— An Outline of Occult Science • Rudolf Steiner

... great opposition from the religious orders. The MS. which we use contains a sort of appendix to San Agustin's letter in the shape of citations from the noted Jesuit writer Murillo Velarde. These are evidently adduced in support of San Agustin's position, and disparage the character of the Indians in vigorous terms. Finally, we present a chapter from Delgado's Historia de Filipinas making further comment on San Agustin's letter, and defending the natives from the latter's aspersions; he refutes many of these, and censures Fray Gaspar severely. He also ...
— The Philippine Islands, 1493-1898 - Volume 40 of 55 • Francisco Colin

... no wish to disparage beauty; it is almost a virtue. There can hardly be a doubt that Adam and Eve were exceedingly beautiful; nor that so far as the world can be restored to its primitive state—which we hope may be the case in its future glorious ages—the ...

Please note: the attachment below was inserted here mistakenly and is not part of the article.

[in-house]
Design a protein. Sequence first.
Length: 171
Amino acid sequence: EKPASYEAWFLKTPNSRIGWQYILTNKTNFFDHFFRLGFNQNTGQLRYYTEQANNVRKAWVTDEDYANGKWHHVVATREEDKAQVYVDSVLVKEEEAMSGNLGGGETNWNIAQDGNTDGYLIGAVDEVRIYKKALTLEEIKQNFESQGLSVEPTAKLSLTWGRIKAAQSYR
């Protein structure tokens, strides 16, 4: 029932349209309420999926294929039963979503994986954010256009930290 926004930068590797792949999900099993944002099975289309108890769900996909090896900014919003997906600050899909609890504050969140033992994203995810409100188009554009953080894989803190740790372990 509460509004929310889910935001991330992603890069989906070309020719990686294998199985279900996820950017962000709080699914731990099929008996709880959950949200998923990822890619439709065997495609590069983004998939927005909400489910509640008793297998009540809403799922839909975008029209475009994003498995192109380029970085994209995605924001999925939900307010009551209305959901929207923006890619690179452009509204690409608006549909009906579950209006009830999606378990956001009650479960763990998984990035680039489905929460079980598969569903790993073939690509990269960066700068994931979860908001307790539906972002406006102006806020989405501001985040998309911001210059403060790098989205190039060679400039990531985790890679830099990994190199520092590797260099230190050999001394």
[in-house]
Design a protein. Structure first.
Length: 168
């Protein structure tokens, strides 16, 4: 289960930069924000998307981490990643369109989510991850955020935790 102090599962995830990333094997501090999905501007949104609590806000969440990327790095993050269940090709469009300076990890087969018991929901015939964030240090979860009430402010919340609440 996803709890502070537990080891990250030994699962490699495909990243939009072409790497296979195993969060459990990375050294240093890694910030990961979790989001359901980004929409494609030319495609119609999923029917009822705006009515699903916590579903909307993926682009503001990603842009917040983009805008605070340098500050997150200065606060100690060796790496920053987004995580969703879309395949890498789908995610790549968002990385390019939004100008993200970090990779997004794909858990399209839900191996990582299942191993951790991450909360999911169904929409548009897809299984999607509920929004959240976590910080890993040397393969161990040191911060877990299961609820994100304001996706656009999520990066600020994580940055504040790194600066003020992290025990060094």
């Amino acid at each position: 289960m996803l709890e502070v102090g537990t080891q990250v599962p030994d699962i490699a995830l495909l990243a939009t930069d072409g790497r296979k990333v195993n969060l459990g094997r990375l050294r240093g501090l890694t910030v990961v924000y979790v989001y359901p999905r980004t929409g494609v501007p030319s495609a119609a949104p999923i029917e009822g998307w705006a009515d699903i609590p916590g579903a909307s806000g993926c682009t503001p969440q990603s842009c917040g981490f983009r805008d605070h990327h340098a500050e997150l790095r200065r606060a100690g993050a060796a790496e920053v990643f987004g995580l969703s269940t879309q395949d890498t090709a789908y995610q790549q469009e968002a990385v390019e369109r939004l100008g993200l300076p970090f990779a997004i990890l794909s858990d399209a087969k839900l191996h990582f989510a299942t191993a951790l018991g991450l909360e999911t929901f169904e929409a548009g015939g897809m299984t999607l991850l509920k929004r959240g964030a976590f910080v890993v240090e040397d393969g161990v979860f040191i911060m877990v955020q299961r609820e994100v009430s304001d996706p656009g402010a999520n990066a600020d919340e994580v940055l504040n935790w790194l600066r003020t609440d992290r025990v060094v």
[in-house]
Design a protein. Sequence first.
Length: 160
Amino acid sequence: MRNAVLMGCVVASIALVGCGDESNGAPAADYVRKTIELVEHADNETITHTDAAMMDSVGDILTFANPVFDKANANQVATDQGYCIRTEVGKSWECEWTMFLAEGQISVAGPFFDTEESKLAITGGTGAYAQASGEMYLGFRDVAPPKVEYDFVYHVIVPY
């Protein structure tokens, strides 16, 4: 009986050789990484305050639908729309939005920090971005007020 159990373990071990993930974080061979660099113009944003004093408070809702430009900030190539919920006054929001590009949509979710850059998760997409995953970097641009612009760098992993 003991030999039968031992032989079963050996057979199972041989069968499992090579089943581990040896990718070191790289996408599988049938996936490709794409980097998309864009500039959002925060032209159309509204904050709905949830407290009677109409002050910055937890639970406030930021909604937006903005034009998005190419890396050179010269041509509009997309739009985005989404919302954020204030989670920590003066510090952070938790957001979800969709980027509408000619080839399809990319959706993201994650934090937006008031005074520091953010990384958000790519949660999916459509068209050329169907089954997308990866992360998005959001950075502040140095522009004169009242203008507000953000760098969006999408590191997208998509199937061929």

— The Young Woman's Guide • William A. Alcott

... his remarks would not partake of the character of a total abstinence lecture, but rather of a scientific inquiry into the mode of action of alcohol when introduced into the tissues of the body, he adds: "Nevertheless, I would not have it understood that I, in any way, disparage the moral efforts made by total abstainers who, years ago, amid good report and evil report, stood in the front of the battle to war against the multitude of evils occasioned by strong drink;—all praise be ...
— Grappling with the Monster • T. S. Arthur